Written by: Sarah Tevis Poteet, DDS (Dallas County Dental Society Member)
Oral infections are a medical problem with a dental solution, and dentists and dental hygienists are in a unique position to help patients in numerous ways that can impact their entire health and well-being and improve quality of life. We are moving past the “drill and fill” mentality to early screening of health issues and ways to prevent and decrease chronic systemic diseases. The medical community needs our expertise to help manage their patients, as people often see their dentist more frequently than their physicians. We are in a prime position to screen and help manage high blood pressure, diabetes, airway disorders, sleep disordered breathing, cognitive changes, nutritional deficiencies, cardiovascular disease, cancers, speech development and numerous other issues.
Periodontal disease, which is oral dysbiosis along with a hyperactive immune response and tissue destruction, increases the risk for cardiovascular disease, rheumatoid arthritis, diabetes, cancers and inflammatory bowel disease. You can have a healthy mouth and get sick with the flu or a cold, for example, but you cannot have disease and infection in the mouth and have a healthy body. Many in the health community talk about a “leaky gut” wreaking havoc on the body. The mouth can be “leaky” as well because it is a permeable, vascular super-highway to the rest of the body.
The microbes in the mouth and the gut overlap by 45%. Pathogens from the mouth have been found in atherosclerotic plaques in arteries, the brains of Alzheimer’s patients and in joints of rheumatoid arthritis patients. Simple interventions to reduce the bacterial load in the mouth can reduce cardiovascular events and lower inflammatory markers such as C-reactive protein (CRP). Periodontal disease affects nearly 50% of people over the age of 30 in the United States and 1 in 3 people have untreated tooth decay. Diabetics are three times more likely to develop periodontal disease than their non-diabetic counterparts. A dental visit can often discover early diabetes or vitamin deficiencies just by the appearance of the gums and easy bleeding before the patient or physician are aware of problems.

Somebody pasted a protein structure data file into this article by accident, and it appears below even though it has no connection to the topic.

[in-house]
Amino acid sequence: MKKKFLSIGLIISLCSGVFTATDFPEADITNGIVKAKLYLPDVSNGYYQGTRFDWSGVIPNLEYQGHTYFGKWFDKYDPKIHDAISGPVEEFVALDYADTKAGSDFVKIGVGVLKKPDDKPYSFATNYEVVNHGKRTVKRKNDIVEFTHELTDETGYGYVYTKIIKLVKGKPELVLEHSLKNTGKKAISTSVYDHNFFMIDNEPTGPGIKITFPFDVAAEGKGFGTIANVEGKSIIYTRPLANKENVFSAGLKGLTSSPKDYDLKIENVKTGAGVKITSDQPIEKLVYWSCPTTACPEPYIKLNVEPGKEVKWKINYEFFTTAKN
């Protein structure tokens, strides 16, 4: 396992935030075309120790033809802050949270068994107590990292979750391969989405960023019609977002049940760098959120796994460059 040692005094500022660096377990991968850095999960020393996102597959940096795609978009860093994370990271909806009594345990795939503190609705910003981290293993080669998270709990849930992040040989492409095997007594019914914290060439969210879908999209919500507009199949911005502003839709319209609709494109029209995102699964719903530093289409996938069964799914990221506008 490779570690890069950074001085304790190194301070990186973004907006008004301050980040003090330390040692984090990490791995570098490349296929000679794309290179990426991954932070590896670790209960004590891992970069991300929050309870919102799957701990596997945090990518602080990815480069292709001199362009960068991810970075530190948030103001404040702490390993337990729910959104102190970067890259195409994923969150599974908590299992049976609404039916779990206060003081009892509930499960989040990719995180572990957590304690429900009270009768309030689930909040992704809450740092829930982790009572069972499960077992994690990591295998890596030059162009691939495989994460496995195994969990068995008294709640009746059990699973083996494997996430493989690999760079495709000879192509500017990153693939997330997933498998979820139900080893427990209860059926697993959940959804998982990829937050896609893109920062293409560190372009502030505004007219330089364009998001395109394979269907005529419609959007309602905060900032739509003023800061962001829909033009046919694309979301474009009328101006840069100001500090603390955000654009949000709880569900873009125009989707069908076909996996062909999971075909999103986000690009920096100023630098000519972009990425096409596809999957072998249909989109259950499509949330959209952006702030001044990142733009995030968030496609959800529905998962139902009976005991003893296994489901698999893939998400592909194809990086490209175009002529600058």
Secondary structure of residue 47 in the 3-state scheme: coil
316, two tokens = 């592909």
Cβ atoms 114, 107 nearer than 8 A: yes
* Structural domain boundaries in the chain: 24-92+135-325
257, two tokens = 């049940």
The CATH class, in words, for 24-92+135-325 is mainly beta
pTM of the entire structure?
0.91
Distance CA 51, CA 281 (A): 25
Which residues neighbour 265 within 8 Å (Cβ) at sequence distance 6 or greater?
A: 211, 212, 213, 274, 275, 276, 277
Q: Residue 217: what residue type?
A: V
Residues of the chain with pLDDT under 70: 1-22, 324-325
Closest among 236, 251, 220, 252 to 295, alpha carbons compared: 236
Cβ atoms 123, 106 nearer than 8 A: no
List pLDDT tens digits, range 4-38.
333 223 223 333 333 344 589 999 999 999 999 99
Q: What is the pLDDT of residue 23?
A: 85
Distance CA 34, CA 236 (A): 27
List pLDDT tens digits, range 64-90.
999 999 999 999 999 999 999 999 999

We now have technology to test the saliva for many health problems. We can culture the saliva in the mouth to know how to customize protocols to decrease harmful bacteria, viruses, and yeast. We can test for HPV strains in the saliva to know if someone is at increased risk for oral cancer. Oral health improvement often involves more than just brushing and flossing better. The environment of the mouth and the host immune response of the body must be modulated to be more resistant to disease. This can be done with oral probiotics, antibiotics, anti-bacterial and anti-viral products, diet, nutrition, avoiding foods and products that cause inflammation in the patient, identifying vitamin deficiencies and helping with airway and breathing issues.
Dental health professionals are key members of the health care team which requires collaboration and communication among health care providers. The mouth is a key player in systemic health, and we should embrace it as a part of a comprehensive healing and overall wellness. It is an exciting time to be a dentist!